Medical Oncology

, 30:659 | Cite as

Implication of tumor stem-like cells in the tumorigenesis of sporadic paraganglioma

  • Yueming Yang
  • Liandi Guo
  • Fan Yang
  • Qing Huang
  • Fuping Zhang
  • Hongwei Ma
  • Hedong Li
  • Kaixuan YangEmail author
  • Jiangyan LouEmail author
  • Cong LiuEmail author
Original Paper


It is commonly believed that paragangliomas are rare tumors arising from the neural crest-derived chromaffin cells. Although it has been speculated that paraganglioma is related to stem cell origin, there has been lack of direct evidence demonstrating the presence of (neural) stem cells in these tumor tissues. In this study, we found a subgroup of human paraganglioma from ten clinical samples displayed definitive markers of CD133 and/or nestin, the fundamental features of neural stem cell capable of self-renewal and differentiation. A panel of lineage-specific markers was also manifest in some of these tumors, consistent with the hierarchical and heterogeneous nature of these tumors. These observations strongly suggest that at least some forms of paraganglioma maintain tumor stem-like cells (TSCs) that potentially contribute to the histologic complexity of human paraganglioma. Finally, we found that the genomic DNA structure becomes highly unstable in tumor cells of paraganglioma, indicating the loss of tight control of genomic surveillance system be an important transitory event from normal multi-potent tissue stem cells to TSCs.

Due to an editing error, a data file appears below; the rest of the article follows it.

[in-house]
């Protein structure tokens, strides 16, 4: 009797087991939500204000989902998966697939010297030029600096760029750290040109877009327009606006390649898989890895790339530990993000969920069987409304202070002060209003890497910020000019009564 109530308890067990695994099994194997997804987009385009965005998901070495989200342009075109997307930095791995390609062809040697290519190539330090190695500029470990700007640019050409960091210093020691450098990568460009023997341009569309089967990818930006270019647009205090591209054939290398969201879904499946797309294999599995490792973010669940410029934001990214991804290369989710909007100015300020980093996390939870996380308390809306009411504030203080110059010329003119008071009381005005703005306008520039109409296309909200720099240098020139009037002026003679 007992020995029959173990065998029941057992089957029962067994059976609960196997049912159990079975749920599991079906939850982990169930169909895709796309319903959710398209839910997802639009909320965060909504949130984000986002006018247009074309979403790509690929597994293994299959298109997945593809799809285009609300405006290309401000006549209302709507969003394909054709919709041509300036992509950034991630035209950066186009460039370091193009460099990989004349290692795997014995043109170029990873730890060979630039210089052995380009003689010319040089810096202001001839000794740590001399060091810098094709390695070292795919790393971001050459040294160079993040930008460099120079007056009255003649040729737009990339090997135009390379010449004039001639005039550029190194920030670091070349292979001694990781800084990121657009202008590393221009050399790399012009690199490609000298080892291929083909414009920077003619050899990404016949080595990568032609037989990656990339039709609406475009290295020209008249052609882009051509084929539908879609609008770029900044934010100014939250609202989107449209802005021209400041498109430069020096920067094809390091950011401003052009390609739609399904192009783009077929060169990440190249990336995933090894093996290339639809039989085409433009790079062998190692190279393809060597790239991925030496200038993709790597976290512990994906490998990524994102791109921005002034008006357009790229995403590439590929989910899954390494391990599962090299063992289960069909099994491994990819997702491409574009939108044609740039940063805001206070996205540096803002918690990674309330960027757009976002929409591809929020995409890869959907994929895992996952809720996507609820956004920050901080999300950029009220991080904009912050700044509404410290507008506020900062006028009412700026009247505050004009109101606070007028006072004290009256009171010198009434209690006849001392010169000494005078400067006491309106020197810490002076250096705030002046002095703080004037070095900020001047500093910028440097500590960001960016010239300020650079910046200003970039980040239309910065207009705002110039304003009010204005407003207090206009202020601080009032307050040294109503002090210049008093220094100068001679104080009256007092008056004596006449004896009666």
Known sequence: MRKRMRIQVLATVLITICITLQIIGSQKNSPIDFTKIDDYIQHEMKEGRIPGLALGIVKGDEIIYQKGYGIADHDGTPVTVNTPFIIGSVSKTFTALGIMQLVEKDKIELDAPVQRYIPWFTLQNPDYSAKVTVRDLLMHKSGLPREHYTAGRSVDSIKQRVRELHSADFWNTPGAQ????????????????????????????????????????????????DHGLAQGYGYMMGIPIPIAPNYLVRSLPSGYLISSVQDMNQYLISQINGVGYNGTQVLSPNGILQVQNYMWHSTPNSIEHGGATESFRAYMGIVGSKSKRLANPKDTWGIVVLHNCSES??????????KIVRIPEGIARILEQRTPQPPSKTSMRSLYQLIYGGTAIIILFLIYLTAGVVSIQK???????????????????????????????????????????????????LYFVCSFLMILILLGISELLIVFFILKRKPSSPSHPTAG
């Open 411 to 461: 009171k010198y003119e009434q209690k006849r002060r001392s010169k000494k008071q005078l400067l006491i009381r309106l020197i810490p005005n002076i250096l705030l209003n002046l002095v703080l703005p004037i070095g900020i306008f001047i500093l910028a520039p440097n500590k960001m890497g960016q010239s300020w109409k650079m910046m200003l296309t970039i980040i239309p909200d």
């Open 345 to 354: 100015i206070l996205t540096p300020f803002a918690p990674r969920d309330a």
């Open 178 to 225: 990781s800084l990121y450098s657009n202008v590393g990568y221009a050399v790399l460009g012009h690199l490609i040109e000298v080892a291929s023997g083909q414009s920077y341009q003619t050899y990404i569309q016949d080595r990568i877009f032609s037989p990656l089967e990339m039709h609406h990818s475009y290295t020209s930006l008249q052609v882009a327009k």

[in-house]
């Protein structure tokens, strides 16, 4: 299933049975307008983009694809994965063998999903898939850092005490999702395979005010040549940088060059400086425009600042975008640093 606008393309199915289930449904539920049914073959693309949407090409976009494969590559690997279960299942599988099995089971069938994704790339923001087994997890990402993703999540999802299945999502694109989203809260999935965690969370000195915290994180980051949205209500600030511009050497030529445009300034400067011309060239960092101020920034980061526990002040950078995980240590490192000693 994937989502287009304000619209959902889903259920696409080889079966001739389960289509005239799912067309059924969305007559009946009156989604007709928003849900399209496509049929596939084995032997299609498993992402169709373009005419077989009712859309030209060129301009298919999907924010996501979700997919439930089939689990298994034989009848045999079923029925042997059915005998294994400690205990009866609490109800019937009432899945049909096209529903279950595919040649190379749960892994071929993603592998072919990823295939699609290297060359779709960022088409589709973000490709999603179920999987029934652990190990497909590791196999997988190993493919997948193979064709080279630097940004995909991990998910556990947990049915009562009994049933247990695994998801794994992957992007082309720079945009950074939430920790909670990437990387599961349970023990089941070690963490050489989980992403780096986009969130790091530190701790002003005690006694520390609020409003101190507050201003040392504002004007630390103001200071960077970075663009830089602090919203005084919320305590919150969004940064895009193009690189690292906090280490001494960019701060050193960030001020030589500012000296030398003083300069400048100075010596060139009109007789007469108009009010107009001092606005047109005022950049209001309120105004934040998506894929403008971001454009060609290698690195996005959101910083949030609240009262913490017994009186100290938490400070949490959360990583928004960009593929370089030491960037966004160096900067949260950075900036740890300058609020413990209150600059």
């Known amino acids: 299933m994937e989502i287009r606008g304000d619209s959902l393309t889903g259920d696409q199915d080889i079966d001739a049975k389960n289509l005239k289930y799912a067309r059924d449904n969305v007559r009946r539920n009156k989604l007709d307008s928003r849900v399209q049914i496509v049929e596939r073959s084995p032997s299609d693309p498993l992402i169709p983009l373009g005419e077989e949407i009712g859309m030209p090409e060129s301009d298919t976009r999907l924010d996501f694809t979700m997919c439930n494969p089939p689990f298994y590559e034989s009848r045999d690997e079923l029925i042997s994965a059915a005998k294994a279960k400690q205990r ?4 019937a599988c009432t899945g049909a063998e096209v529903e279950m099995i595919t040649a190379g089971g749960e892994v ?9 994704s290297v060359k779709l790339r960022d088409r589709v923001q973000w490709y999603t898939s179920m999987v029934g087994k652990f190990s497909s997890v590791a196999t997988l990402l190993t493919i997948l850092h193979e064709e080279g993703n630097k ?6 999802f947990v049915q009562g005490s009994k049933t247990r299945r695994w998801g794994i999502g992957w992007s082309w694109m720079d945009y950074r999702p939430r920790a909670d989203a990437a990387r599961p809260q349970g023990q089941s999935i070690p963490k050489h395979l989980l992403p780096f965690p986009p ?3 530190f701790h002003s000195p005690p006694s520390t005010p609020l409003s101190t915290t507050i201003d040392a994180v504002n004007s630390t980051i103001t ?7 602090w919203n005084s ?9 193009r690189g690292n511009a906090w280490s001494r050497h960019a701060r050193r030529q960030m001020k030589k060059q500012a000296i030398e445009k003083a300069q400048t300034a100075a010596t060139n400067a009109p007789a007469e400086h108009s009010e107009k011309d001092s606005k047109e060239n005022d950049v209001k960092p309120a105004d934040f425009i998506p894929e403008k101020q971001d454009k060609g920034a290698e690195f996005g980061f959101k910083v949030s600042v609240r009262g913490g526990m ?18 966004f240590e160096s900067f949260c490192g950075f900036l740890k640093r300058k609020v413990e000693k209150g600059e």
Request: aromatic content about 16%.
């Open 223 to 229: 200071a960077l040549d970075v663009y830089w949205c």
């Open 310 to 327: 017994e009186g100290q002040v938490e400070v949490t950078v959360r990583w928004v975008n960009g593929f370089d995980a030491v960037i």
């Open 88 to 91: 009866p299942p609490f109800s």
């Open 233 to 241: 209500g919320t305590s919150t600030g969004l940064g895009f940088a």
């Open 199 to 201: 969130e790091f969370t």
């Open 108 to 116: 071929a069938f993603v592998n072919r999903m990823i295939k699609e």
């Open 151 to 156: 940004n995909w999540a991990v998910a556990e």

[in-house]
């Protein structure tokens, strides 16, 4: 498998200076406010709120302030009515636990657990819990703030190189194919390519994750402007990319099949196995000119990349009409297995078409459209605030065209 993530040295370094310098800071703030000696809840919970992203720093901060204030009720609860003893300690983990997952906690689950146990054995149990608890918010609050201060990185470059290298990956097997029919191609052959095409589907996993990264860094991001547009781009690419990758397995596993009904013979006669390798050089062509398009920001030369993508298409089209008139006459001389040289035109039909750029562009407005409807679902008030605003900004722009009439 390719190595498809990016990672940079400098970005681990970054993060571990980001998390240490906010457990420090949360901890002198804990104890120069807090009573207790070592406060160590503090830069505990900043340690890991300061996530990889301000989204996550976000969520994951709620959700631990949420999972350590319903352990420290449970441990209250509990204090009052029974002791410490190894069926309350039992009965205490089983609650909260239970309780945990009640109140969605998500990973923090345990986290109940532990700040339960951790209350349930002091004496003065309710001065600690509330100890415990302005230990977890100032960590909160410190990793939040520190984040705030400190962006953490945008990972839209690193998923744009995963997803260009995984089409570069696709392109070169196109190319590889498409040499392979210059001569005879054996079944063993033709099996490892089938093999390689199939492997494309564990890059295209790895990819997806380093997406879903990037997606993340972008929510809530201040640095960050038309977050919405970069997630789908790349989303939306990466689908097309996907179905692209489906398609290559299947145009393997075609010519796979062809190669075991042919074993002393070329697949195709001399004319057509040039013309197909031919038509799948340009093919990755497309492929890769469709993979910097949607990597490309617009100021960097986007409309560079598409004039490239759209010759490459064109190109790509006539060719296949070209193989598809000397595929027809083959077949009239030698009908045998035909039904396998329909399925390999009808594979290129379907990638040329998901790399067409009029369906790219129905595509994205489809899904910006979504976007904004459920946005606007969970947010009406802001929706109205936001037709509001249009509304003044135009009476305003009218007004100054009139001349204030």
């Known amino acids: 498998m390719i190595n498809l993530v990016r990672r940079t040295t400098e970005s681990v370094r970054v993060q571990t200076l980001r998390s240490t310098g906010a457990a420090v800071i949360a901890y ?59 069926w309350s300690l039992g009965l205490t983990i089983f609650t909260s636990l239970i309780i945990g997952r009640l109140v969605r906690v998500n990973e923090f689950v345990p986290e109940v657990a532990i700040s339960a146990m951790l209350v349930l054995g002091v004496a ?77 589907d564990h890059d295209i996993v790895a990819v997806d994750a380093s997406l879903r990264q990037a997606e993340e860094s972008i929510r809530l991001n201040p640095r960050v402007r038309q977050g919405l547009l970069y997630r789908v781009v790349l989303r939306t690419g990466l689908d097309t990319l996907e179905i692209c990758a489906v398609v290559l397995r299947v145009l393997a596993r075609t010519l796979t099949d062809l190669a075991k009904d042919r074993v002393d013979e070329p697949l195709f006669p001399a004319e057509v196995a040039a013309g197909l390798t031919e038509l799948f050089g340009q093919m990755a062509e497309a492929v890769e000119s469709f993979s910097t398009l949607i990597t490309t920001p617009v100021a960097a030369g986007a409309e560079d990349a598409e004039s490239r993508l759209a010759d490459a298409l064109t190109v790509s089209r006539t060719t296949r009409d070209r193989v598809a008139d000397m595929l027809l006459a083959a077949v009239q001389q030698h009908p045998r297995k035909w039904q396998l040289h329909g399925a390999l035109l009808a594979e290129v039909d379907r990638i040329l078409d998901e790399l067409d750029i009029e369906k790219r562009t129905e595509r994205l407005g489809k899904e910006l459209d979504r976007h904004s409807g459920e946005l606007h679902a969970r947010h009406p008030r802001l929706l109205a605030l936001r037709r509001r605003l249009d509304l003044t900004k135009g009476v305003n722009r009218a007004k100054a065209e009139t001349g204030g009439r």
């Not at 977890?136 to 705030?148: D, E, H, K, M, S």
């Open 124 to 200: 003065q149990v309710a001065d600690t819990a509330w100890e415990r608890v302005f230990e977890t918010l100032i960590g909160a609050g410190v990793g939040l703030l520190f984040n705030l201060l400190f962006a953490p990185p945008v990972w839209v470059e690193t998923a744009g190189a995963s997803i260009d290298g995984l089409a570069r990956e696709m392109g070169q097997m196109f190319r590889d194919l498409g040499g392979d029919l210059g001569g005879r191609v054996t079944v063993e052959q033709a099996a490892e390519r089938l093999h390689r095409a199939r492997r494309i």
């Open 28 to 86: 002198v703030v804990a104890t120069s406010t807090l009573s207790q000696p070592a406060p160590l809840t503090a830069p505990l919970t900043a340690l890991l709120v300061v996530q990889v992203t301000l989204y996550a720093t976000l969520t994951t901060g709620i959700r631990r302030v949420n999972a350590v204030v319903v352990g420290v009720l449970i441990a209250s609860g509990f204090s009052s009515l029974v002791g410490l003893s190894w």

Paraganglioma Tumor stem-like cells (TSCs) Tumorigenesis Genomic surveillance 



This work is supported by the Ministry of Science and Technology of China (2011CB966200 and 2013CB911000), National Natural Science Foundation of China (30970950), Program for New Century Excellent Talents in University of Ministry of Education of China (NCET-10-0566), Program for Changjiang Scholars and Innovative Research Team in University of Ministry of Education of China (IRT0935), Department of Science and Technology of Sichuan Province (2011SZ0002 and 2012JQ0005), and Bureau of Science and Technology of Chengdu (11PPYB072SF).

Conflict of interest

All authors have no conflict of interest.


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Copyright information

© Springer Science+Business Media New York 2013

Authors and Affiliations

  1. 1.Developmental & Stem Cell Institute, Department of Gynecology, West China Second University HospitalSichuan UniversityChengduPeople’s Republic of China
  2. 2.The People’s Hospital of Guangxi Zhuang Autonomous RegionNanningPeople’s Republic of China
  3. 3.Key Laboratory of Obstetric & Gynecologic and Pediatric Diseases and Birth Defects, Ministry of EducationSichuan UniversityChengduPeople’s Republic of China

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